As an office manager in healthcare, having a thorough understanding of the latest medical developments can help you provide efficient, informed service to staff and patients alike. And nowhere is this knowledge more important than during global viral outbreaks like the H1N1 (Swine flu) pandemic of 2009, the SARS outbreak of 2002–2003 and the current COVID-19 pandemic.
According to the Centers for Disease Control and Prevention (CDC), the US reported a total of 2,104,346 cases of COVID-19 infection as of June 16th, with 116,140 deaths. On March 11th, the World Health Organization (WHO) declared the outbreak the first pandemic sparked by a coronavirus. They also cautioned against lightly using the term “pandemic” — as overusing the term could cause unreasonable fear.
Knowing the subtle difference between a pandemic and an epidemic could have a significant impact on the way staff and patients manage their response to crises like the current outbreak. In this blog post, we outline the key characteristics and recommended public health responses to both epidemics and pandemics.
Key characteristics of an epidemic
According to Rochester Regional Health, an epidemic happens when a disease spreads quickly and affects a large amount of people simultaneously. An outbreak — or unanticipated and sudden spike in infections — can occur within a community, geographical region or over several countries. During an epidemic, the disease is actively spreading and is considered a problem that’s “out of control”.
WHO further defines an epidemic, in their 2018 guide to managing epidemics, as an exceptional event that often requires extra human and financial resources. Their guidelines include recommendations for best practice by governments, local authorities and healthcare workers when responding to this public health emergency. These include:
- • Coordinating a comprehensive response by emergency and healthcare workers. Considerations include determining which sectors can offer assistance, what they should do, where they could meet, and how they share information.
- • Ensuring access to health information. This includes data from surveillance of the disease, and information on interventions. Surveillance considerations include ensuring stakeholders have a common case definition, and confirmation on which population groups are most at risk. When assessing interventions, recommendations include ensuring that all stakeholders agree on what indicators for treatment success are.
- • Adequately communicating risk. WHO caution against “infodemics” — a rapid spread of unreliable information related to an epidemic — and share the following recommendations to manage the spread of false information: talk, listen, and manage rumors. They recommend that authorities quickly and regularly share updates on the disease and protective measures (talk); that they monitor public fears and concerns and tailor their responses to address them calmly (listen); and that they immediately address and correct misinformation (manage rumors).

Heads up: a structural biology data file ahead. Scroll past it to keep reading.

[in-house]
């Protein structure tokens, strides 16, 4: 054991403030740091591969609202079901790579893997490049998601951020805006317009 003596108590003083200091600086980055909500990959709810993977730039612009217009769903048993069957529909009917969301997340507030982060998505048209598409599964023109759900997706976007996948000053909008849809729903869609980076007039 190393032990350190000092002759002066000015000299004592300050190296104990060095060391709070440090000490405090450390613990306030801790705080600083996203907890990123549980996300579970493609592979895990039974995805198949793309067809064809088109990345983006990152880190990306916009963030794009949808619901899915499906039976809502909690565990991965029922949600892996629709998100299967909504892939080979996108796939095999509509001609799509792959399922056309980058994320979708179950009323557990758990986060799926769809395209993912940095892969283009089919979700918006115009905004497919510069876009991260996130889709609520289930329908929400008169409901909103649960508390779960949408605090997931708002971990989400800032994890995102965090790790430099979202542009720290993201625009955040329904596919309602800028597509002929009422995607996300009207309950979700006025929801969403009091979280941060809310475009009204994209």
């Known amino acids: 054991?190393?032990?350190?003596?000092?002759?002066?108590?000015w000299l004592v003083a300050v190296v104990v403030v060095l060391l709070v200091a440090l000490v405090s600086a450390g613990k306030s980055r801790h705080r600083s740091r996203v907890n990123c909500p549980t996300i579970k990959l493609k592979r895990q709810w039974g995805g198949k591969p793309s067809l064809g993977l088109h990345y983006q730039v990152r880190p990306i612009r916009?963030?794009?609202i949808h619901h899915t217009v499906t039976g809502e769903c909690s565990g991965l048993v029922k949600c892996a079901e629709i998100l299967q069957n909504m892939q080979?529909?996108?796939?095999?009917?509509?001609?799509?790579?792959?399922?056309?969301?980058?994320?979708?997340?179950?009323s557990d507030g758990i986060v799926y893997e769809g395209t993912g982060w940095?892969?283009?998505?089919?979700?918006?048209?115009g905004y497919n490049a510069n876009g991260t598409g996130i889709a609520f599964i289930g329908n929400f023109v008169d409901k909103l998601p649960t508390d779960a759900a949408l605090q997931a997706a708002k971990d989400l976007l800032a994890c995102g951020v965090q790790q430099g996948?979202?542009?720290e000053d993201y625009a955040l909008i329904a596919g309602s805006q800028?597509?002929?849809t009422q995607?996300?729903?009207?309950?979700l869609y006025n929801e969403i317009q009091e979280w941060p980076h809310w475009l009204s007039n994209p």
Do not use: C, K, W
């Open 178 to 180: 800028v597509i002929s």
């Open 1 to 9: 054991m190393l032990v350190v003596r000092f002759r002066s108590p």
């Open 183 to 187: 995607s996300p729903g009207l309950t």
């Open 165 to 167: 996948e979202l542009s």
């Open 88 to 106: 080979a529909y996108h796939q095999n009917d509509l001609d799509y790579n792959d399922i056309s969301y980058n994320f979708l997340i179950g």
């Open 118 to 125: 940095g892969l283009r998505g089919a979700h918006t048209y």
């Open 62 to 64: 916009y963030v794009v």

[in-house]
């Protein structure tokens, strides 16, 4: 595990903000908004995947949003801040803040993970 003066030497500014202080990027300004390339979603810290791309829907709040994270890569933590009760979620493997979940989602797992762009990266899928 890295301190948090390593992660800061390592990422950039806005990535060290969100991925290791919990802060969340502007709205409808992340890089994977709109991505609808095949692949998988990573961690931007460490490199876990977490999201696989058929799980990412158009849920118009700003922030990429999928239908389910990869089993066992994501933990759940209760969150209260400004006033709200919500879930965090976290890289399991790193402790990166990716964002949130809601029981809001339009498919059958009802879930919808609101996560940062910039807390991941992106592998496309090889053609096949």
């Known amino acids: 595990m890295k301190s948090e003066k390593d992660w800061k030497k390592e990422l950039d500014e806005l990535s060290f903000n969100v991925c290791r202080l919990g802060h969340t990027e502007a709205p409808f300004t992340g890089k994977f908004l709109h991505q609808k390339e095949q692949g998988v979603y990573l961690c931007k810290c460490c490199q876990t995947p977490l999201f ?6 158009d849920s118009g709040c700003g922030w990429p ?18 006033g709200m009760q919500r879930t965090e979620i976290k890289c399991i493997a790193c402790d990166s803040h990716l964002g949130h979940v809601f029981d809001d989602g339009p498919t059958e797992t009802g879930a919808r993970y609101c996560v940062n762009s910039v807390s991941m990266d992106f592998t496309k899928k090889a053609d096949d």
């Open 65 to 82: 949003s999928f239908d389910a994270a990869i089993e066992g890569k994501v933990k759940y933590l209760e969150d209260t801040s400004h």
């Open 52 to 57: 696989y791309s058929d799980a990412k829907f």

- • Health interventions. While every disease requires a different set of interventions, WHO recommends that every response aims to reduce transmissions, lower morbidity and mortality, and lessen the impact on health systems and other social sectors. To this end, they recommend that healthcare authorities determine: what key interventions are needed to control the outbreak at each stage; who should implement them; and how to measure the impact of each intervention on morbidity, mortality, and rate of transmission and society as a whole.
How is a pandemic different?
One National Center for Biotechnology Information (NCBI) resource defines a pandemic as a large-scale outbreak of an infectious disease that greatly increases the morbidity and mortality of a population over a wide area, and causes significant economic, social and political disruption. In short, a pandemic is an epidemic of national or global scope.
Responses from authorities may be more stringent, as they work to curb the impact of the outbreak. Currently, according to the Pew Research Center, the COVID-19 pandemic has resulted in more than 90% of the world’s population being placed in some form of quarantine, one of which is severe restrictions on international travel.
Healthcare workers, however, perform an essential service and remain largely exempt from these restrictions. During the course of their duties, they’re also at greater risk of exposure to the virus which causes infection. This is why the CDC, for instance, has issued guidance on protective measures that include: the practice of hand hygiene, limiting contact with patients in triage, the appropriate use of PPE like disposable gloves and face masks, and cohorting patients with COVID-19.
What the public can do to aid government efforts
By following World Health Organization and CDC guidelines on protective measures, members of the public can help lessen the demands placed on healthcare by keeping themselves as safe from infection as possible. Basic protective measures that can safeguard the public and healthcare workers alike, include:
- • Hand hygiene. Washing hands with soap and water or using an alcohol-based sanitizer, and where appropriate, the use of disposable gloves.
- • Respiratory hygiene. Coughing or sneezing into a tissue or elbow, and where appropriate, using face masks.
- • Social distancing and self-isolation. Maintaining a distance of at least 6 feet from anyone, and staying home if possible.
- • Seeking medical help early. Calling in advance and getting medical help if displaying symptoms such as coughing, fever or difficulty breathing.
- • Cleaning and disinfecting surfaces. The CDC recommends cleaning and disinfecting frequently touched surfaces daily.
How Ventyv® can help Outsmart Infection®
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